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Disclaimer: some of the statements in this blog post are inaccurate. Quicksilver does not actually affect the passage of time.

American Nouns, Part One

Hello and welcome back to another week of evasions and stretched truths here at Factually Deficient! This week, I will answer the first part of a question forwarded to Factually Deficient’s attention by RotavatoR. The question, asked during an American debate, asked for a real-noun elucidation of certain American terms used. Today we will elucidate the term:

Second Amendment

In the United States, time is not counted the way it is in any other part of the world.

They eschew the widespread “Imperial” system of measurement for being, in the words of Jim United, founder of the eponymous States, “too darn imperial.” Instead, the composite republic is alone in a system of measurement called “metric,” because all the units must combine to form a poem with a strict rhyme scheme.

This difference in measurement applies to all things – length, breadth, height, width, depth, volume, distance, velocity, etc. – but the one of interest to us today is time.

The “second amendment” refers to the amendment made in the United states to the terminology and measurement regarding the smallest commonly-used unit denoting passage of time – the second. The trochaic bisyllabic word not fitting their rhyme scheme and metre, they amended their measurement terms to replace the word with “third.”

However, the amendment did not stop there. A change in name is meaningless without a corresponding change in function, and it stands to reason, mathematically, that a “third” takes a different amount of time than a “second” – specifically, 3/2X as long. Due to the second amendment, time passes at a slower rate in the United States of America than in anywhere else in the world.

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Disclaimer: the above post contains numerous falsehoods. Amendments passed in the US have no bearing on the passage of time.

Early Release

Hello and welcome to yet another untrustworthy instalment of Factually Deficient! And while this is not what the post title refers to, may I point out that this update comes a whole six days early for next Sunday!

This week’s question comes from Endless Sea, who asked:

Canada Best Buy has the summer Bionicle sets months early. EXPLAIN.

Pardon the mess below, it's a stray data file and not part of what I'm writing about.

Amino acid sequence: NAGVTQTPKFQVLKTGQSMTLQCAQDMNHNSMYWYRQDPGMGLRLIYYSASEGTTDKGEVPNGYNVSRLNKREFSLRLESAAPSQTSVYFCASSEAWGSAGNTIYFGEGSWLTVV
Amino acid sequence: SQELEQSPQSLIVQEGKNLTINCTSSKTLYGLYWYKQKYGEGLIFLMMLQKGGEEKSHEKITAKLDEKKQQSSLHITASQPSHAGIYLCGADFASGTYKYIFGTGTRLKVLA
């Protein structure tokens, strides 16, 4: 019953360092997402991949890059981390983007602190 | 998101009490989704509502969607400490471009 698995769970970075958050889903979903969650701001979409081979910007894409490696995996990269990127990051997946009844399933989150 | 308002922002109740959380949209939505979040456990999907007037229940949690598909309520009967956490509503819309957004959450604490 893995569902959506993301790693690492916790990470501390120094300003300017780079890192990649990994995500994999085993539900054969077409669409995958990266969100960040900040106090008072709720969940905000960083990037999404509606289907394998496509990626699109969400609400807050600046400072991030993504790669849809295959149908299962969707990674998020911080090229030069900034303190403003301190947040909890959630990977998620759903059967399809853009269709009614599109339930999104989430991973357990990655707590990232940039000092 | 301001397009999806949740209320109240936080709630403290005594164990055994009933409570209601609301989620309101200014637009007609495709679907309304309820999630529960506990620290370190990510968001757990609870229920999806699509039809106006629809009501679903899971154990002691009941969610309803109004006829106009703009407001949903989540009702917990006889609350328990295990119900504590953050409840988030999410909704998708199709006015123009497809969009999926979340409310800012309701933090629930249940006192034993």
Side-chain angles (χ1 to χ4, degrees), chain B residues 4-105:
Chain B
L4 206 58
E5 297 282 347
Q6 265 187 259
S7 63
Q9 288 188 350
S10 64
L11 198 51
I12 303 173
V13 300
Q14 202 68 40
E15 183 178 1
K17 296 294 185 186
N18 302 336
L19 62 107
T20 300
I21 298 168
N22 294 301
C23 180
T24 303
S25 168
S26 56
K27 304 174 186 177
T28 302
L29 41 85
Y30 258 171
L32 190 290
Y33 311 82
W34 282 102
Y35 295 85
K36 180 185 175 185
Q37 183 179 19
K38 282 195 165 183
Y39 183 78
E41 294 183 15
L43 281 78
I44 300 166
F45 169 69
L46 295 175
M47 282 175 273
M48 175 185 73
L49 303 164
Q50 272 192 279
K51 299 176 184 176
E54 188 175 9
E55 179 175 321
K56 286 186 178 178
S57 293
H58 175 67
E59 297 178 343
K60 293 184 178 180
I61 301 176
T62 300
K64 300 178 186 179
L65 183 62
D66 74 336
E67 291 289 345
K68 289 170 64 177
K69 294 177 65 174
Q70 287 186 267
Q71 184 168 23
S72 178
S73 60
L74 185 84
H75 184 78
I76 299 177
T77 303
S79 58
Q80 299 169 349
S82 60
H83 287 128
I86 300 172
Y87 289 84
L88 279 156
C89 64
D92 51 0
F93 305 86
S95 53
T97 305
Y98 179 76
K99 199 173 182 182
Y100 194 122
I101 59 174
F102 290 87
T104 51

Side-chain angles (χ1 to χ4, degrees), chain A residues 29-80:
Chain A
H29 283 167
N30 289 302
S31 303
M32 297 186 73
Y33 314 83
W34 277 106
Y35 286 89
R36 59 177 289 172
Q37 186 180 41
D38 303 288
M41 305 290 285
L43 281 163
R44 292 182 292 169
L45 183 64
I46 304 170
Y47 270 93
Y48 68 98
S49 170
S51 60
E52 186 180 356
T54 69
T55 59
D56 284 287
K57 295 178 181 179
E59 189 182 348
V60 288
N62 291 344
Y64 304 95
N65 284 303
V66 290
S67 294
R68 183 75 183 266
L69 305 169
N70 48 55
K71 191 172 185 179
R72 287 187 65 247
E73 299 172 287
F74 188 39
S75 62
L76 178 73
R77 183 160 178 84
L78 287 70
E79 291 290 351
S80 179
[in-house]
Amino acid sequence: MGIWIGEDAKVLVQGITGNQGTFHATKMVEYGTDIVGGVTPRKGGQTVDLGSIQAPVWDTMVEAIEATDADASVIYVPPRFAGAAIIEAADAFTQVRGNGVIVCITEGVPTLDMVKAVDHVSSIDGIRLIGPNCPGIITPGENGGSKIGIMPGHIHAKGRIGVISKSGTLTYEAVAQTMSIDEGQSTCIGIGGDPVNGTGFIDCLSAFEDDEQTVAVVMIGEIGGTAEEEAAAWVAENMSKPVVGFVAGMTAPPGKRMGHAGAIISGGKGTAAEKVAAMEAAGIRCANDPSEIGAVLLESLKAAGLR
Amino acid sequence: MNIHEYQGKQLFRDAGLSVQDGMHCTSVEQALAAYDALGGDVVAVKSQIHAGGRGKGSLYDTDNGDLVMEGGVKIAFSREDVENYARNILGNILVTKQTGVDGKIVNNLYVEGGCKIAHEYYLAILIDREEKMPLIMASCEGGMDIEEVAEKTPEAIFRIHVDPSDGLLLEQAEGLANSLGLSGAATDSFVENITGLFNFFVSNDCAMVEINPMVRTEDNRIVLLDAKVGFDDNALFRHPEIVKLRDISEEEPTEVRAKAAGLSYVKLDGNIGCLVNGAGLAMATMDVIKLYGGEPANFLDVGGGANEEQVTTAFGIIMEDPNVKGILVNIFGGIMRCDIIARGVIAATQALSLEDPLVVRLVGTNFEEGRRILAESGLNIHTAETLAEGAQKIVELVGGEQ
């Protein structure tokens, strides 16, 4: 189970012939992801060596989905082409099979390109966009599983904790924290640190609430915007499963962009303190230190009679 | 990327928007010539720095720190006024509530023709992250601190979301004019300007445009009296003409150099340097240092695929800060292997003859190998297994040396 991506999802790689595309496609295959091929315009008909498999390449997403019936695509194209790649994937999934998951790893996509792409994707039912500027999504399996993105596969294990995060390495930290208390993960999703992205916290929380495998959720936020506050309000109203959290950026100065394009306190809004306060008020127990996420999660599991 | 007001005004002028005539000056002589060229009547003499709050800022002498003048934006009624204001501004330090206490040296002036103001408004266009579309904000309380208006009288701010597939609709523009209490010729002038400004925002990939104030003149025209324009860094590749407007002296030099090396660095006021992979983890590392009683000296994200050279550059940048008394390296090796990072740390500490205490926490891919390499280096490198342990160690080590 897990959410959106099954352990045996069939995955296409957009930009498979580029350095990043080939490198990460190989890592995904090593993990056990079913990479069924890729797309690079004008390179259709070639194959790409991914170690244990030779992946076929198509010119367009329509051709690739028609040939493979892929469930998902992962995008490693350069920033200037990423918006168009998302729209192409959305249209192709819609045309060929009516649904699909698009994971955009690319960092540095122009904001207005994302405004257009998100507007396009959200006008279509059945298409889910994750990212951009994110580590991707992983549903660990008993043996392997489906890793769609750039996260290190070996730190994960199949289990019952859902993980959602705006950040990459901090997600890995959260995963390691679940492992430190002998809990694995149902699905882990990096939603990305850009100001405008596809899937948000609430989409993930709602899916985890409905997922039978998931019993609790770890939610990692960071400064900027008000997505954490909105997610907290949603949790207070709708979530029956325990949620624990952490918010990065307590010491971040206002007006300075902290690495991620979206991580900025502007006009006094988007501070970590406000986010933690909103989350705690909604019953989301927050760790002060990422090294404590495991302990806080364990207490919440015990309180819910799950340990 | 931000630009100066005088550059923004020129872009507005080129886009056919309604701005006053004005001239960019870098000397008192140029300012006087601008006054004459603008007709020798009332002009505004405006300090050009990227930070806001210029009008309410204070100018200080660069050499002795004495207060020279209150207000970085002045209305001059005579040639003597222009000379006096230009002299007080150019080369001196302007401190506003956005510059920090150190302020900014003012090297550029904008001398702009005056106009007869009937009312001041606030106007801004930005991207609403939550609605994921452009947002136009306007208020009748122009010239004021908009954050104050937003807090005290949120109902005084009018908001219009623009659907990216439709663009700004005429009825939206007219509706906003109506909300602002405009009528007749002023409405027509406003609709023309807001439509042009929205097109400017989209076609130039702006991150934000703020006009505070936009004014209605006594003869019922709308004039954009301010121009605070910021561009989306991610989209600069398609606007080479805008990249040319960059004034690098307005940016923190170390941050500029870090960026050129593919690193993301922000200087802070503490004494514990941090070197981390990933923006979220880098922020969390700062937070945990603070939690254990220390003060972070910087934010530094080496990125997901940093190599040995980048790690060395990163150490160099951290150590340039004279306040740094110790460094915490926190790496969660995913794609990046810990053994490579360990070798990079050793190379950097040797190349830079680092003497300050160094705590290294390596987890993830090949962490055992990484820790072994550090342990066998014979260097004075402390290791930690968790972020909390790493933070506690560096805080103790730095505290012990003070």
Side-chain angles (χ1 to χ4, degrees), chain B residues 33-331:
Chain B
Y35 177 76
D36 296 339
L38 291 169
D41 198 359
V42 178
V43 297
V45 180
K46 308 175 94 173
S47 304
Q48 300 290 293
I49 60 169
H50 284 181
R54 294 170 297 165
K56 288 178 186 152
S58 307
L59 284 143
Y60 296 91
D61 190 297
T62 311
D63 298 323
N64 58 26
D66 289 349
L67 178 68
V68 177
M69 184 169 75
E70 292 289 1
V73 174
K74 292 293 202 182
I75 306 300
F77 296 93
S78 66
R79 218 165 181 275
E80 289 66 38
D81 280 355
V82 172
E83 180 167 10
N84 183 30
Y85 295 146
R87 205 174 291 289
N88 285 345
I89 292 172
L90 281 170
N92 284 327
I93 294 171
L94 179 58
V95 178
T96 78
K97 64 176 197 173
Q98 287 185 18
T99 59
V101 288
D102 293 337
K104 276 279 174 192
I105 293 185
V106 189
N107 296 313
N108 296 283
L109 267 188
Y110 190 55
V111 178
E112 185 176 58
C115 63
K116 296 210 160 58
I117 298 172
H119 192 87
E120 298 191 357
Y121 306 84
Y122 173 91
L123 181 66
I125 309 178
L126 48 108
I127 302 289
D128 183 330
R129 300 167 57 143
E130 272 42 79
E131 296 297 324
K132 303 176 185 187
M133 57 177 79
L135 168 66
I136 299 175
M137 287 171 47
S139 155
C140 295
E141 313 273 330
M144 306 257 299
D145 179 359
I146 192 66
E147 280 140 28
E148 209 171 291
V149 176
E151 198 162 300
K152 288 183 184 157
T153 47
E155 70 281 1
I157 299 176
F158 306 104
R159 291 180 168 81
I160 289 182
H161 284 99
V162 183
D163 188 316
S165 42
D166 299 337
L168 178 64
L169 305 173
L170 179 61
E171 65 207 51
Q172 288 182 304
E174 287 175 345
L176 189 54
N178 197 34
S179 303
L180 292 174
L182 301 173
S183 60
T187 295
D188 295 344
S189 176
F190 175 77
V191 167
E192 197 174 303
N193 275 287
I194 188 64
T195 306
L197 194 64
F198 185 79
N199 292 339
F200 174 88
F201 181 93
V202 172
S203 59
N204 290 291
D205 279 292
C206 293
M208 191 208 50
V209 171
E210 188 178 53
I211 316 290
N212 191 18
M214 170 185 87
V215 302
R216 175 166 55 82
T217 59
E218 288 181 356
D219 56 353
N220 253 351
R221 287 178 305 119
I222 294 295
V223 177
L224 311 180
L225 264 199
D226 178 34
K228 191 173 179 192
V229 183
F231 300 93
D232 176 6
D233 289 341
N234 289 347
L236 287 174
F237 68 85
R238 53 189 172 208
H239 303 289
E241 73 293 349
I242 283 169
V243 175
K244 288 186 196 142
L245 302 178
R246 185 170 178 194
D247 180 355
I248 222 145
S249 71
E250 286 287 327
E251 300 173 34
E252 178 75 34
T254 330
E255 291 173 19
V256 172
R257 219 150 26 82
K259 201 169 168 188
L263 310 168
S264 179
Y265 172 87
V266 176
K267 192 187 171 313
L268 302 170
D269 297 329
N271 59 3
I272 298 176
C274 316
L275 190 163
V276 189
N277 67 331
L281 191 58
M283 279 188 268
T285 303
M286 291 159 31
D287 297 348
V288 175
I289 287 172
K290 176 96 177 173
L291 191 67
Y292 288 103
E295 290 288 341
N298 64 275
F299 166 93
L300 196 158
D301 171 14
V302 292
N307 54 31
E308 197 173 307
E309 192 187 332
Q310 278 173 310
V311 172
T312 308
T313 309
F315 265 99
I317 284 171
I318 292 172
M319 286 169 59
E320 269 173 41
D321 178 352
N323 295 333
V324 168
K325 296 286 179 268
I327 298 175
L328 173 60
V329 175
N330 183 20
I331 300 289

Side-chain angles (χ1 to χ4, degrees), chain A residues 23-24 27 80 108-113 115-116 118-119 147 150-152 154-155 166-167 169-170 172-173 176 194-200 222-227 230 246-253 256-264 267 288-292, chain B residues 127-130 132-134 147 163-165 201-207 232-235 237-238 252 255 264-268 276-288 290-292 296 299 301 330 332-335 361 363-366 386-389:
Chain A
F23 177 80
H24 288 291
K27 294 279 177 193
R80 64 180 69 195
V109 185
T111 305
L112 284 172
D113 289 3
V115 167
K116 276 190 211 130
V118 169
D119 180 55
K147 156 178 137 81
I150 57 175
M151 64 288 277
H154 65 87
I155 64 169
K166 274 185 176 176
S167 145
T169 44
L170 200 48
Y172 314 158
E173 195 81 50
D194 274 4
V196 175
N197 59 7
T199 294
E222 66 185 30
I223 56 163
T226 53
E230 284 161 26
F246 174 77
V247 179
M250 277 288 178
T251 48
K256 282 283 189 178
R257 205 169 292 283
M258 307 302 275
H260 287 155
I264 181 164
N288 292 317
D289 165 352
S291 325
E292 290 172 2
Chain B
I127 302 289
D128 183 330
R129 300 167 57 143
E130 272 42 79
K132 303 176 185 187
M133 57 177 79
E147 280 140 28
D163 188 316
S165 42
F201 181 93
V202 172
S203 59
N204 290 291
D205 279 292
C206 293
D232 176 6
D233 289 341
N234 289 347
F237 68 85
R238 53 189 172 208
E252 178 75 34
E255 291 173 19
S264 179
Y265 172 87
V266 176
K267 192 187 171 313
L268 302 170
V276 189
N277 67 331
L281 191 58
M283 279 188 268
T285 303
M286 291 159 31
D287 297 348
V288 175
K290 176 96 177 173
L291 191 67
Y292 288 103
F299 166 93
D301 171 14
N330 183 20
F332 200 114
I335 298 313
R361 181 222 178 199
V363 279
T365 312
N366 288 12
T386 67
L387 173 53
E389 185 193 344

Now, Factually Deficient makes a point, as a rule, to avoid divulging other companies’ proprietary information. However, Endless Sea’s explanation can yet be made available, as the phenomenon pointed out is in fact representative of a wider, more general trend – and this is the trend which we will attempt to explain.

As many people are aware, Canada is an exceedingly large country. It spans a number of time zones, which the Factually Deficient Research* Team estimates as 5 and 1/2. This is more time zones than almost any other country.

What is a time zone? Literally, it is a zone filled with time. Each time zone contains a standard unit’s worth of time; by spanning five and a half time zones, Canada is quite rich in time. Time, naturally, corresponds to time. The more time an individual possesses – has experienced – the greater an age that person has.

This explains why different countries exist in different time periods simultaneously. In practice, Canada’s five and a half time zones convert to roughly five and a half additional months of time. In comparison, the United States are estimated to have only three time zones.

With this information, we can solve a simple equation (5 1/2 – 3 = 2 1/2) to determine a key piece of information: namely, Canada is two and a half months “ahead” of the United States. In other words, from a vantage point in the United States, Canada exists two and a half months in the future. (And of course conversely, if one is in Canada, the United States are two and a half months in the past.)

It is no accident that something seems to be released in Canada months before its American release. What this means is that the two countries were scheduled to release the item on the same date – only that date arrived months earlier in Canada.